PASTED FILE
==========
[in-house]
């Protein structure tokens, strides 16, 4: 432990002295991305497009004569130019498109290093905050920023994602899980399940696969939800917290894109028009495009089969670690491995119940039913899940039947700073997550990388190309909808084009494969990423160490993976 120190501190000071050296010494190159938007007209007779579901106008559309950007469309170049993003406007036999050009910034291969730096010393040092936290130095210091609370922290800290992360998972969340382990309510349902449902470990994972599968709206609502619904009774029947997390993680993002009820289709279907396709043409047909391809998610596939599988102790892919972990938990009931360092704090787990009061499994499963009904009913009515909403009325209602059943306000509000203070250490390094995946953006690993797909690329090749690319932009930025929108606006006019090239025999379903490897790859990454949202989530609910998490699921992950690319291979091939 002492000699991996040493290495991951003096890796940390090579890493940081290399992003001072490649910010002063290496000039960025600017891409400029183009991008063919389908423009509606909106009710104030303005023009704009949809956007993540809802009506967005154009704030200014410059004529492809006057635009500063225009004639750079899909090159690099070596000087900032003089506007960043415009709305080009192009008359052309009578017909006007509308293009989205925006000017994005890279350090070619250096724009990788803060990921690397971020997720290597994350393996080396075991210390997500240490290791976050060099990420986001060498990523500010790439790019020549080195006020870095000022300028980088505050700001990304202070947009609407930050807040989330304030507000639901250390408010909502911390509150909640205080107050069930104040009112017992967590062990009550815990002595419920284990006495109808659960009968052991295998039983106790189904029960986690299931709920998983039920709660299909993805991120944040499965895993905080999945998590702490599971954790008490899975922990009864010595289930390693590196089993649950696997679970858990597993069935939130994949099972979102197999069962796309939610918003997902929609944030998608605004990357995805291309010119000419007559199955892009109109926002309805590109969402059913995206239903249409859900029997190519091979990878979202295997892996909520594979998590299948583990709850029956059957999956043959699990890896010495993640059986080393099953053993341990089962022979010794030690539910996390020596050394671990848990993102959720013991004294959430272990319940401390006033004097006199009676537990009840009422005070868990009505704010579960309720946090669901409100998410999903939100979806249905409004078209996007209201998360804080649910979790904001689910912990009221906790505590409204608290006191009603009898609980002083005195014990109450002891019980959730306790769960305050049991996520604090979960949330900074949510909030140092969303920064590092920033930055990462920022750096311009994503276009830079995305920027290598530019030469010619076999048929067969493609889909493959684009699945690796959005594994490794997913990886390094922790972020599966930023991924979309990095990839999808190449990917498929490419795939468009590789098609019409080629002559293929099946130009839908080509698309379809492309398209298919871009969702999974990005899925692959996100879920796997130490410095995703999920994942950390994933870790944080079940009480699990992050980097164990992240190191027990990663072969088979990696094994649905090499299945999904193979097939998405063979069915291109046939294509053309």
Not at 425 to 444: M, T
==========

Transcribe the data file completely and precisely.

[in-house]
């Protein structure tokens, strides 16, 4: 432990002295991305497009004569130019498109290093905050920023994602899980399940696969939800917290894109028009495009089969670690491995119940039913899940039947700073997550990388190309909808084009494969990423160490993976 120190501190000071050296010494190159938007007209007779579901106008559309950007469309170049993003406007036999050009910034291969730096010393040092936290130095210091609370922290800290992360998972969340382990309510349902449902470990994972599968709206609502619904009774029947997390993680993002009820289709279907396709043409047909391809998610596939599988102790892919972990938990009931360092704090787990009061499994499963009904009913009515909403009325209602059943306000509000203070250490390094995946953006690993797909690329090749690319932009930025929108606006006019090239025999379903490897790859990454949202989530609910998490699921992950690319291979091939 002492000699991996040493290495991951003096890796940390090579890493940081290399992003001072490649910010002063290496000039960025600017891409400029183009991008063919389908423009509606909106009710104030303005023009704009949809956007993540809802009506967005154009704030200014410059004529492809006057635009500063225009004639750079899909090159690099070596000087900032003089506007960043415009709305080009192009008359052309009578017909006007509308293009989205925006000017994005890279350090070619250096724009990788803060990921690397971020997720290597994350393996080396075991210390997500240490290791976050060099990420986001060498990523500010790439790019020549080195006020870095000022300028980088505050700001990304202070947009609407930050807040989330304030507000639901250390408010909502911390509150909640205080107050069930104040009112017992967590062990009550815990002595419920284990006495109808659960009968052991295998039983106790189904029960986690299931709920998983039920709660299909993805991120944040499965895993905080999945998590702490599971954790008490899975922990009864010595289930390693590196089993649950696997679970858990597993069935939130994949099972979102197999069962796309939610918003997902929609944030998608605004990357995805291309010119000419007559199955892009109109926002309805590109969402059913995206239903249409859900029997190519091979990878979202295997892996909520594979998590299948583990709850029956059957999956043959699990890896010495993640059986080393099953053993341990089962022979010794030690539910996390020596050394671990848990993102959720013991004294959430272990319940401390006033004097006199009676537990009840009422005070868990009505704010579960309720946090669901409100998410999903939100979806249905409004078209996007209201998360804080649910979790904001689910912990009221906790505590409204608290006191009603009898609980002083005195014990109450002891019980959730306790769960305050049991996520604090979960949330900074949510909030140092969303920064590092920033930055990462920022750096311009994503276009830079995305920027290598530019030469010619076999048929067969493609889909493959684009699945690796959005594994490794997913990886390094922790972020599966930023991924979309990095990839999808190449990917498929490419795939468009590789098609019409080629002559293929099946130009839908080509698309379809492309398209298919871009969702999974990005899925692959996100879920796997130490410095995703999920994942950390994933870790944080079940009480699990992050980097164990992240190191027990990663072969088979990696094994649905090499299945999904193979097939998405063979069915291109046939294509053309």
Not at 425 to 444: M, T